The coronavirus has worsened the amount of plastic polluting the world’s oceans.
According to Dave Ford, founder of the environmental literacy organization SoulBuffalo and the Ocean Plastics Leadership Network, a group that brings activists and industry together to develop solutions to plastic pollution in the oceans.
Because of the coronavirus, there is an “environmental silver streak” – carbon emissions have been reduced by more than 4%, many wildlife markets around the world have closed, and air quality has improved slightly in some places, says Ford.
Thanks to an increase in pandemic-induced, non-recyclable materials like removable plastic containers and masks, 30% more litter has crept into our oceans, he notes.
“129 billion face masks are produced every month – enough to cover the entire country of Switzerland with face masks by the end of this year if the trends continue,” he says. “And a lot of these masks end up in the water.”
The masks look like jellyfish – that is, food – to turtles and other wildlife, he says.
Very little of the plastic we use is actually recyclable. Sharon Lerner of The Intercept told Here & Now last year that “the vast majority of plastic ever made – 79% – was actually landed in landfills, or scattered or incinerated around the world, but not remodeled into new products.”
Even if the plastics we have can be reused, recycling programs around the world are facing drastic budget cuts, according to Ford.
“We see recycling programs closing, garbage collection communities working 50% or actually closing. They are the last line of defense between plastic and the environment, ”he says.
Last year Unilever promised to cut the use of non-recycled virgin plastics in half by 2025. In an interview with Here & Now, Richard Slater, Unilever’s Chief Research and Development Officer, relied on the industry argument that plastic packaging is lighter, which means less shipping and therefore less dangerous emissions that cause climate change.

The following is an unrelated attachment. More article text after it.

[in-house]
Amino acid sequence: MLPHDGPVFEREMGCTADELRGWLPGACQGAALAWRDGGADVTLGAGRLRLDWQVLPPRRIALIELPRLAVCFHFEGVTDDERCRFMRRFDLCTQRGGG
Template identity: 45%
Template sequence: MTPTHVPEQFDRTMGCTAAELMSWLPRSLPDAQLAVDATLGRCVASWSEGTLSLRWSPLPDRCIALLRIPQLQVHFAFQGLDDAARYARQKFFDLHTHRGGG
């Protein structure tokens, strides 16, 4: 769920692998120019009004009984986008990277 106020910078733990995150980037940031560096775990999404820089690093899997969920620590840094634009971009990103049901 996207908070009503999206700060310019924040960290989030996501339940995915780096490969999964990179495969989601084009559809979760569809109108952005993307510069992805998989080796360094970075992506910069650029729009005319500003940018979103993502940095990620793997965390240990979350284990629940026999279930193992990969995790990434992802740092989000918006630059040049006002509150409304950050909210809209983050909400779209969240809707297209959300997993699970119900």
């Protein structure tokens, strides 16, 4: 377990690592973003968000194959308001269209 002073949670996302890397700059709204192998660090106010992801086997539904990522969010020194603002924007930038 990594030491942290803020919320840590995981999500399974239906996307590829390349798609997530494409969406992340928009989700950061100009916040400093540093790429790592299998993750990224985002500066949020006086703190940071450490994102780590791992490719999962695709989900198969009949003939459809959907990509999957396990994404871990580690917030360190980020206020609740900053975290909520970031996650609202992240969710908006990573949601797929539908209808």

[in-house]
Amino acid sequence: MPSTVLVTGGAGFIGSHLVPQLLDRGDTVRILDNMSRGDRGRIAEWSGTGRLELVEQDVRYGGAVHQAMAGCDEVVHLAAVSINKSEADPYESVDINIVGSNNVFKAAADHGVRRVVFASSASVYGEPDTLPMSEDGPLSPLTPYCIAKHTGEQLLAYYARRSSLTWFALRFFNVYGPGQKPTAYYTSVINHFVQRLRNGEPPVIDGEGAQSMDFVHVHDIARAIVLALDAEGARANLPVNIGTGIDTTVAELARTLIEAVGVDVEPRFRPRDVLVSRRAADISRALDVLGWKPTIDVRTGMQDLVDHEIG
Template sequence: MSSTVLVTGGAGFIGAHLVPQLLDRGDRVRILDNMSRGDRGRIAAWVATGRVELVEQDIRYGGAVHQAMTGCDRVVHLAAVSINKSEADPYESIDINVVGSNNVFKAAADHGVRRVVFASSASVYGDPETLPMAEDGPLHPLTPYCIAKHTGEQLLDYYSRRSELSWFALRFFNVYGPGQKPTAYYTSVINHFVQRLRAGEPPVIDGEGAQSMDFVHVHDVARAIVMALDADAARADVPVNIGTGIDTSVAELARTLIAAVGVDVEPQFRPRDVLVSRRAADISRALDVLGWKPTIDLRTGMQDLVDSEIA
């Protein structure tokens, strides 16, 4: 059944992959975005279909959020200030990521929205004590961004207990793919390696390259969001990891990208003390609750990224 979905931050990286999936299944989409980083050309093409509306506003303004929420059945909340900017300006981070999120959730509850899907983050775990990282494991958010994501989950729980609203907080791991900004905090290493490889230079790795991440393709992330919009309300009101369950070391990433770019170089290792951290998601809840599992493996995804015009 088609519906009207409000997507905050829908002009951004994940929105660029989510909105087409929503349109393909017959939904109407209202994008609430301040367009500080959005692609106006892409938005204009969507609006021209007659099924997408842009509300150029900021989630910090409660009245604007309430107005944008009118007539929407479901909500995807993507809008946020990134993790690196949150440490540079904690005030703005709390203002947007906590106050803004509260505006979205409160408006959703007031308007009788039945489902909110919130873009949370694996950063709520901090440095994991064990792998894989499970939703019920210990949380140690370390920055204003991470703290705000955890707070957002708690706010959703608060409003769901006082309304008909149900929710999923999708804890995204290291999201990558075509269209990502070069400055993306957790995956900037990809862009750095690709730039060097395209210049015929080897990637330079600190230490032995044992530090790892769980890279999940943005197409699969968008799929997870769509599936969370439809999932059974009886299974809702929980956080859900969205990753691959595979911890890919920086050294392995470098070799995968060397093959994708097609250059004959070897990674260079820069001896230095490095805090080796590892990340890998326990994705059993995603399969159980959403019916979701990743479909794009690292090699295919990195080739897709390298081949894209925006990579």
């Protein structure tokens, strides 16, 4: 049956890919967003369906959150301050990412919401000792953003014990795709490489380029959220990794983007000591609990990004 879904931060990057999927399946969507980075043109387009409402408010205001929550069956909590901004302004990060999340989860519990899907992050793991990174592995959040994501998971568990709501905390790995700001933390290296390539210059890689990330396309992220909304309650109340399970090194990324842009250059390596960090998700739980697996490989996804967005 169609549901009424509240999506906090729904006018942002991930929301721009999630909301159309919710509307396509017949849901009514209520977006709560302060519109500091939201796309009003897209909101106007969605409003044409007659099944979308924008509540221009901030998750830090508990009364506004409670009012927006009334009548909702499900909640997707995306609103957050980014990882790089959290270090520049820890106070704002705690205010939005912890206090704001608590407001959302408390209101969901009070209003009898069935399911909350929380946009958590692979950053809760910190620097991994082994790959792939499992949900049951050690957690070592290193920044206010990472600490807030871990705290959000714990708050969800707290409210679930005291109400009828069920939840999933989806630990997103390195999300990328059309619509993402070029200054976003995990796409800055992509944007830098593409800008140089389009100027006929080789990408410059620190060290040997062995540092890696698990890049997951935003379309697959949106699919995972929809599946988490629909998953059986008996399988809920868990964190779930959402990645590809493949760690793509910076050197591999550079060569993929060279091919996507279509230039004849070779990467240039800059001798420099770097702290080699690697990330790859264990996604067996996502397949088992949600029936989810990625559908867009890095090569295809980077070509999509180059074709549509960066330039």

Ford says the industry narrative is “a paradox in itself”.
Yes, plastics are light and can reduce fuel consumption, he says. On the other hand, plastic waste can be found in all facets of life – from the deepest oceanic trench on earth to mountain peaks. Studies have even found tiny plastic particles in the precipitate.
While this “super material” has helped people evolve, the sheer amount of plastic is worrying, says Ford, especially since “we haven’t been able to figure out how to control the way it gets into the environment.”
According to Ford, industry transparency is a first step in finding solutions to our plastics problem. In a recent World Wildlife Fund initiative called ReSource: Plastic, five major companies – Starbucks, Keurig Dr. Pepper, McDonald’s Corporation, Procter & Gamble, and The Coca-Cola Company – posted how much plastic they made, whether the plastic is recyclable or not, and where they believe the plastic will end up.
“It’s a big step forward because in order to find out what we’re going to do with it, we have to first find out how much it comes out,” says Ford.
The first ReSource: Plastics report was “pretty incredible,” he says, because it revealed industry insights that stakeholders would otherwise not have been familiar with.
ReSource: Plastics wants 100 of the world’s largest companies to sign their Transparency Initiative by 2030. Ford acknowledges that this project is a good plan of action, but would like it to be a little more ambitious.
“Regarding this issue, I don’t think we want to talk about transparency in the supply chain in 10 years,” he says. “We really have to speed up how much of it gets into the environment across the board.”
Lynn Menegon produced and edited this interview for airing with Todd Mundt. Serena McMahon customized it for the web.